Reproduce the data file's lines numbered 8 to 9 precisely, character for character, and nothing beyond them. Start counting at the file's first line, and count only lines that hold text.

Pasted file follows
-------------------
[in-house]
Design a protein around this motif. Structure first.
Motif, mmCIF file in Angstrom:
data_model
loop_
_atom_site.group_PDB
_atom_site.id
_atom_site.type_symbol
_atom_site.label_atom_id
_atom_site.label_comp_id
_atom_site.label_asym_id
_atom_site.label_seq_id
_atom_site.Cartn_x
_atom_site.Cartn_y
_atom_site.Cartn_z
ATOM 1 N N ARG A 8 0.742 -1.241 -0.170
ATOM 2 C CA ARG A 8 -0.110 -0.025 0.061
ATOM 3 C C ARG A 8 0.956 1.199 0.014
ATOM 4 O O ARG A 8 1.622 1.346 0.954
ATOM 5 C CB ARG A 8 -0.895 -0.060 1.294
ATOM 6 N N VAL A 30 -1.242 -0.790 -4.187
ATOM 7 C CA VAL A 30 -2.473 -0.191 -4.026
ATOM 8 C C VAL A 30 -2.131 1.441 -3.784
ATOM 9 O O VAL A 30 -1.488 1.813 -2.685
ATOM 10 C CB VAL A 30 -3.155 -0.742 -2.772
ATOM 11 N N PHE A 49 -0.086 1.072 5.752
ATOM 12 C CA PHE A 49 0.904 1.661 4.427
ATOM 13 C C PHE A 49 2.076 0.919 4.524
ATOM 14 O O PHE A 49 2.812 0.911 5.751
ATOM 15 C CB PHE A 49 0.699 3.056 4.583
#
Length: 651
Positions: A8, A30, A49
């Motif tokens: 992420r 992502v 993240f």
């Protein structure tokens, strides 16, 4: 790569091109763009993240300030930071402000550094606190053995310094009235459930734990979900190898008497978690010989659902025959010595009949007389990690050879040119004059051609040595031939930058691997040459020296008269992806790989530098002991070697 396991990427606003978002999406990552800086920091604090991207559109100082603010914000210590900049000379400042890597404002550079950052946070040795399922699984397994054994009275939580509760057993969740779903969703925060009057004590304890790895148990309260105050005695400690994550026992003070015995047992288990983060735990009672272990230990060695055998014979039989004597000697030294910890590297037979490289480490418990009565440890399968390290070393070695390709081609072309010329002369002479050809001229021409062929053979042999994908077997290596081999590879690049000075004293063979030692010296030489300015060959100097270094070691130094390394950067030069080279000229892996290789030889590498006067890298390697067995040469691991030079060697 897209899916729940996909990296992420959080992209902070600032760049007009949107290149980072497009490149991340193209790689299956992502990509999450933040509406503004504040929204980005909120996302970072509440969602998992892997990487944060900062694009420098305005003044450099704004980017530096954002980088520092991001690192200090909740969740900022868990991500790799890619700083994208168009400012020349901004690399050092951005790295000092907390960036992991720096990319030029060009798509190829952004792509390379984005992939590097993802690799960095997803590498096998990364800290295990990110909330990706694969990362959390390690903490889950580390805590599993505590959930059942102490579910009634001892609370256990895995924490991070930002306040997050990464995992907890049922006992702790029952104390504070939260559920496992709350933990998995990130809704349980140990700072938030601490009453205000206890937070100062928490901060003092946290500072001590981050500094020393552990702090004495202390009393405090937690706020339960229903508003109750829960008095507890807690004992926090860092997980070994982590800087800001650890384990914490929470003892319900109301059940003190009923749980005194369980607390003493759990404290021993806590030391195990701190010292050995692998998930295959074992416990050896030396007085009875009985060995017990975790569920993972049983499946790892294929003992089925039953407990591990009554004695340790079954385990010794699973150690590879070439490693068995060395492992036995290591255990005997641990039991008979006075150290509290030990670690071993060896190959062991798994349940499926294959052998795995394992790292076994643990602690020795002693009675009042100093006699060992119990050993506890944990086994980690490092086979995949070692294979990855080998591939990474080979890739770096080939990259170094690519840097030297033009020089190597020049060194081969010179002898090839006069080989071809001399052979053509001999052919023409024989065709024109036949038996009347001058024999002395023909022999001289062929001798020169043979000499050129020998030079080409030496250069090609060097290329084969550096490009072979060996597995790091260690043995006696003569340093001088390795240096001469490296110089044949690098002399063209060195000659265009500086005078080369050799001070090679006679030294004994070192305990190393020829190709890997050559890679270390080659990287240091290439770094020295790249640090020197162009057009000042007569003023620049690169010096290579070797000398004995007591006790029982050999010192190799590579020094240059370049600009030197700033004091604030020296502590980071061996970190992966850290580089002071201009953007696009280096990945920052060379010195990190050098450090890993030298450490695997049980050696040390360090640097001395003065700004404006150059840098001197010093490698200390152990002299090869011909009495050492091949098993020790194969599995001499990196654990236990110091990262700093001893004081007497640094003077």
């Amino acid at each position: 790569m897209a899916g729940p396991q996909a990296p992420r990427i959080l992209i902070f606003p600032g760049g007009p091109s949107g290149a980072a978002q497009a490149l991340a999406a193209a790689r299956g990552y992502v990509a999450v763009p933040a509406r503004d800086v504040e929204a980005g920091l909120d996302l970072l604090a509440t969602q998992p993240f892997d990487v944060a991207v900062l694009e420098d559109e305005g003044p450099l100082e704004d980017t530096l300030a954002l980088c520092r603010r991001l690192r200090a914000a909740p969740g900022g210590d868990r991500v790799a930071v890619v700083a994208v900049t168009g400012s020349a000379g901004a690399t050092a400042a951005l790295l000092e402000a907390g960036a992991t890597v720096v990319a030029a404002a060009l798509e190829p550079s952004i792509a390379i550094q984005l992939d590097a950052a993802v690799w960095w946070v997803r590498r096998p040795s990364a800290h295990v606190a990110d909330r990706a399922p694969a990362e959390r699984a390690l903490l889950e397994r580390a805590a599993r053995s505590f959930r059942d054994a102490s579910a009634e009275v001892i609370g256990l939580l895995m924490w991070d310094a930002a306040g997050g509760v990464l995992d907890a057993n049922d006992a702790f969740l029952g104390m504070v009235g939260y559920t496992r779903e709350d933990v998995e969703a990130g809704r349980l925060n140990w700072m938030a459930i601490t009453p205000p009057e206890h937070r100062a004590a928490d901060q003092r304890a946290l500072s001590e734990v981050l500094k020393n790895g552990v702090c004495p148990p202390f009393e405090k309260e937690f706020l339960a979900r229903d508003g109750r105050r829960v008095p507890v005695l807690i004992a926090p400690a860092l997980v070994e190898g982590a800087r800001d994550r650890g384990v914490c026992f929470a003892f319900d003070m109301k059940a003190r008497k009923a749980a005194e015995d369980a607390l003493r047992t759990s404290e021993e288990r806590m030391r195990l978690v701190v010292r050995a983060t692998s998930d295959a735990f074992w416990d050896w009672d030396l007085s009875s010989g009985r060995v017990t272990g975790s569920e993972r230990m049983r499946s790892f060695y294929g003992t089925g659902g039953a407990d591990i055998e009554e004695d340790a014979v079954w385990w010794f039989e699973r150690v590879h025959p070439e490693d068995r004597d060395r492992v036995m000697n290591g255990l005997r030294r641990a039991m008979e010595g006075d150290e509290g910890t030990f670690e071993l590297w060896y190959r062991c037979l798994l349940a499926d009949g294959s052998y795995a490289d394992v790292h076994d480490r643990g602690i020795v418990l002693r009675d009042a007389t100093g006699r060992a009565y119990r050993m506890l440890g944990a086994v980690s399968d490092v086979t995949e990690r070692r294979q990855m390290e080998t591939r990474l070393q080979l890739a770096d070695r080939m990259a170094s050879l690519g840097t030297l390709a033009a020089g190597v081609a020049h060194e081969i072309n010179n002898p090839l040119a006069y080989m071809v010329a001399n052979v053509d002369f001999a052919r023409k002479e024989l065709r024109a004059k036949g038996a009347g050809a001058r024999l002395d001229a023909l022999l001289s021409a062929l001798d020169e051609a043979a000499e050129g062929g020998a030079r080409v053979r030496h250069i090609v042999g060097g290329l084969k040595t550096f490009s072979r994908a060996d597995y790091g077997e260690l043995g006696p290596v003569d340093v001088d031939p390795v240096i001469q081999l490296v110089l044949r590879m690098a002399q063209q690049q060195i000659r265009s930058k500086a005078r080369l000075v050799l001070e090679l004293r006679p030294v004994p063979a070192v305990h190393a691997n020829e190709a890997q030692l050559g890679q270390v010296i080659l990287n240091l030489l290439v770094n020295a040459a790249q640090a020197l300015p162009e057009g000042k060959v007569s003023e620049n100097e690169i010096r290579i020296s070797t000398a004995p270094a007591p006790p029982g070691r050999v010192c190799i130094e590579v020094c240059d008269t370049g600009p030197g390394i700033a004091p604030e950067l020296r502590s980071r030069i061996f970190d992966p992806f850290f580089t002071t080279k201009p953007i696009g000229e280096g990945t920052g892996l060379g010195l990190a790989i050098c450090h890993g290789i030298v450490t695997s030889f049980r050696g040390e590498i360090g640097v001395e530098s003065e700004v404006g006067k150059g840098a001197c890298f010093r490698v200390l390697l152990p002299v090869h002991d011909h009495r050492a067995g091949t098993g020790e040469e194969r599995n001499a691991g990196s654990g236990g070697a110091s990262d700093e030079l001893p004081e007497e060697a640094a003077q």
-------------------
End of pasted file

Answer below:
_atom_site.type_symbol
_atom_site.label_atom_id